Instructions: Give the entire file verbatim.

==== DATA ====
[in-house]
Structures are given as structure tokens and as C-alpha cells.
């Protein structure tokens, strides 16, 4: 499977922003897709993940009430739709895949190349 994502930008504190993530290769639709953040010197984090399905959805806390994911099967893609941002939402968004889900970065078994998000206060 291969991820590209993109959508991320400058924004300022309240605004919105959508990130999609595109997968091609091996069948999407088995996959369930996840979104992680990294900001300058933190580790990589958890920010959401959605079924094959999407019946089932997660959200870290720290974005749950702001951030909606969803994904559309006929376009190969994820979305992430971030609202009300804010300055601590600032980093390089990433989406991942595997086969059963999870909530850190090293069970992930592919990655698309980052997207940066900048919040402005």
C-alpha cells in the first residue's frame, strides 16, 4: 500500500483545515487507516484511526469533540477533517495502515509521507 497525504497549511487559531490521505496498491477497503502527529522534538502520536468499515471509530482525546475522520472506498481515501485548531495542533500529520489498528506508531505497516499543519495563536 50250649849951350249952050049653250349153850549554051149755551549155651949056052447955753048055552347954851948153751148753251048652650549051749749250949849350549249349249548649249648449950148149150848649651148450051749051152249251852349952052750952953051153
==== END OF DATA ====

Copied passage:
[in-house]
Structures are given as structure tokens and as C-alpha cells.
């Protein structure tokens, strides 16, 4: 499977922003897709993940009430739709895949190349 994502930008504190993530290769639709953040010197984090399905959805806390994911099967893609941002939402968004889900970065078994998000206060 291969991820590209993109959508991320400058924004300022309240605004919105959508990130999609595109997968091609091996069948999407088995996959369930996840979104992680990294900001300058933190580790990589958890920010959401959605079924094959999407019946089932997660959200870290720290974005749950702001951030909606969803994904559309006929376009190969994820979305992430971030609202009300804010300055601590600032980093390089990433989406991942595997086969059963999870909530850190090293069970992930592919990655698309980052997207940066900048919040402005």
C-alpha cells in the first residue's frame, strides 16, 4: 500500500483545515487507516484511526469533540477533517495502515509521507 497525504497549511487559531490521505496498491477497503502527529522534538502520536468499515471509530482525546475522520472506498481515501485548531495542533500529520489498528506508531505497516499543519495563536 50250649849951350249952050049653250349153850549554051149755551549155651949056052447955753048055552347954851948153751148753251048652650549051749749250949849350549249349249548649249648449950148149150848649651148450051749051152249251852349952052750952953051153